Campus & Community

This month in Harvard history

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  • Nov. 6, 1770 – Rumblings of Revolution: Joseph Avery, Class of 1771, orates on “Oppression and Tyranny” before the Speaking Club.
  • November 1791 – A writer in the Boston press accuses Harvard of poisoning students’ minds with Edward Gibbon’s monumental History of the Decline and Fall of the Roman Empire (1776-88). President Joseph Willard replies that far from even considering Gibbon, the College uses a text by French historian Abbé Millot. Nathaniel Ames, who left Harvard around 1812, recalls Millot’s as “the most utterly worthless and contemptible work of that kind or any other extant.”
  • Nov. 23, 1849 – Dr. George Parkman disappears at the Medical School in one of the most famous murder cases in Harvard history. Earlier, Parkman has lent money to colleague Dr. John White Webster. To secure the loan, Webster gives Parkman a mortgage on his personal property, including a valuable collection of minerals. When Parkman learns that Webster has backed another loan with the same collection, he begins relentlessly pursuing Webster to collect the debt. A week after the disappearance, a suspicious janitor breaks through a brick vault below Webster’s lab and finds human body parts, which the authorities soon discover all around the lab. Found guilty of first-degree murder, Webster belatedly confesses and appeals for clemency, but is hanged on Aug. 30, 1850. Parkman’s widow leads a fund drive to support Webster’s wife and children.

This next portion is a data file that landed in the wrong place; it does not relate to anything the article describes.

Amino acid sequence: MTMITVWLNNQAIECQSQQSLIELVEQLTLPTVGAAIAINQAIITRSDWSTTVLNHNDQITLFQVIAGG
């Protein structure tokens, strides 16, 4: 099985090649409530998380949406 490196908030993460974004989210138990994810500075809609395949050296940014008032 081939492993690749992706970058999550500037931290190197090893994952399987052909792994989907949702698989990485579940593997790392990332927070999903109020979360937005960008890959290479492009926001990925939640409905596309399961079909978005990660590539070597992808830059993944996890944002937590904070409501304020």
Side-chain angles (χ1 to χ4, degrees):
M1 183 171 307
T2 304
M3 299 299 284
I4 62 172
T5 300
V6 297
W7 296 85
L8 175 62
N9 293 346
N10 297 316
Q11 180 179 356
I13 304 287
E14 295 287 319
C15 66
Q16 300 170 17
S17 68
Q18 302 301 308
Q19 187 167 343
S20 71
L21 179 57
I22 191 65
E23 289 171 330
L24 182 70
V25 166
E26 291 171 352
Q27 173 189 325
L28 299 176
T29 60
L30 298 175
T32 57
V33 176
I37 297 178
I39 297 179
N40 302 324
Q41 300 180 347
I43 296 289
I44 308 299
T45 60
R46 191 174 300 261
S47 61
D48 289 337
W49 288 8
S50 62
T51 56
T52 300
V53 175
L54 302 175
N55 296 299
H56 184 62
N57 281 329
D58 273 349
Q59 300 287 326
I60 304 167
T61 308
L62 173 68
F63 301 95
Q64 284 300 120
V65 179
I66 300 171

– From the Harvard Historical Calendar, a database compiled by Marvin Hightower